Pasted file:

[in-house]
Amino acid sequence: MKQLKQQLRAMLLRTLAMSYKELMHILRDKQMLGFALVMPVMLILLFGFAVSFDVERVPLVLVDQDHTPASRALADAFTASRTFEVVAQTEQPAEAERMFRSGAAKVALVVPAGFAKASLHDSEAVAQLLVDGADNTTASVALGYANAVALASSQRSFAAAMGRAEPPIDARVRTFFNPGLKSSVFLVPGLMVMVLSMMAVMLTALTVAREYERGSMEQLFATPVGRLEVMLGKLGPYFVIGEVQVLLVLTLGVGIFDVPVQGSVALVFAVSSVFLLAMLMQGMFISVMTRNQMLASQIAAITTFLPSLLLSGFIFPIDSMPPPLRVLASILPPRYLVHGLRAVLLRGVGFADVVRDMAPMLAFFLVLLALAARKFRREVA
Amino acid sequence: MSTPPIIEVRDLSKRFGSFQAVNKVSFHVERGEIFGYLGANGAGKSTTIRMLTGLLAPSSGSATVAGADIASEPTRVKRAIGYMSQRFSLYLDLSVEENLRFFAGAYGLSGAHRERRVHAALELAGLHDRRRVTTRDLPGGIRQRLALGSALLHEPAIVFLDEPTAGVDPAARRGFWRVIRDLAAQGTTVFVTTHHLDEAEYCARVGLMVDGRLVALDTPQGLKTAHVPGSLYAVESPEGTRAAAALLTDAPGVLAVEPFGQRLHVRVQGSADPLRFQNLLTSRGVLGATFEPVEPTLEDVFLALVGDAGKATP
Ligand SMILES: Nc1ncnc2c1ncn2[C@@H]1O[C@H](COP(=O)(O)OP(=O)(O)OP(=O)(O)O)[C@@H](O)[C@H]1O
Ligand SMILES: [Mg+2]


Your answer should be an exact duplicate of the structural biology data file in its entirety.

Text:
[in-house]
Amino acid sequence: MKQLKQQLRAMLLRTLAMSYKELMHILRDKQMLGFALVMPVMLILLFGFAVSFDVERVPLVLVDQDHTPASRALADAFTASRTFEVVAQTEQPAEAERMFRSGAAKVALVVPAGFAKASLHDSEAVAQLLVDGADNTTASVALGYANAVALASSQRSFAAAMGRAEPPIDARVRTFFNPGLKSSVFLVPGLMVMVLSMMAVMLTALTVAREYERGSMEQLFATPVGRLEVMLGKLGPYFVIGEVQVLLVLTLGVGIFDVPVQGSVALVFAVSSVFLLAMLMQGMFISVMTRNQMLASQIAAITTFLPSLLLSGFIFPIDSMPPPLRVLASILPPRYLVHGLRAVLLRGVGFADVVRDMAPMLAFFLVLLALAARKFRREVA
Amino acid sequence: MSTPPIIEVRDLSKRFGSFQAVNKVSFHVERGEIFGYLGANGAGKSTTIRMLTGLLAPSSGSATVAGADIASEPTRVKRAIGYMSQRFSLYLDLSVEENLRFFAGAYGLSGAHRERRVHAALELAGLHDRRRVTTRDLPGGIRQRLALGSALLHEPAIVFLDEPTAGVDPAARRGFWRVIRDLAAQGTTVFVTTHHLDEAEYCARVGLMVDGRLVALDTPQGLKTAHVPGSLYAVESPEGTRAAAALLTDAPGVLAVEPFGQRLHVRVQGSADPLRFQNLLTSRGVLGATFEPVEPTLEDVFLALVGDAGKATP
Ligand SMILES: Nc1ncnc2c1ncn2[C@@H]1O[C@H](COP(=O)(O)OP(=O)(O)OP(=O)(O)O)[C@@H](O)[C@H]1O
Ligand SMILES: [Mg+2]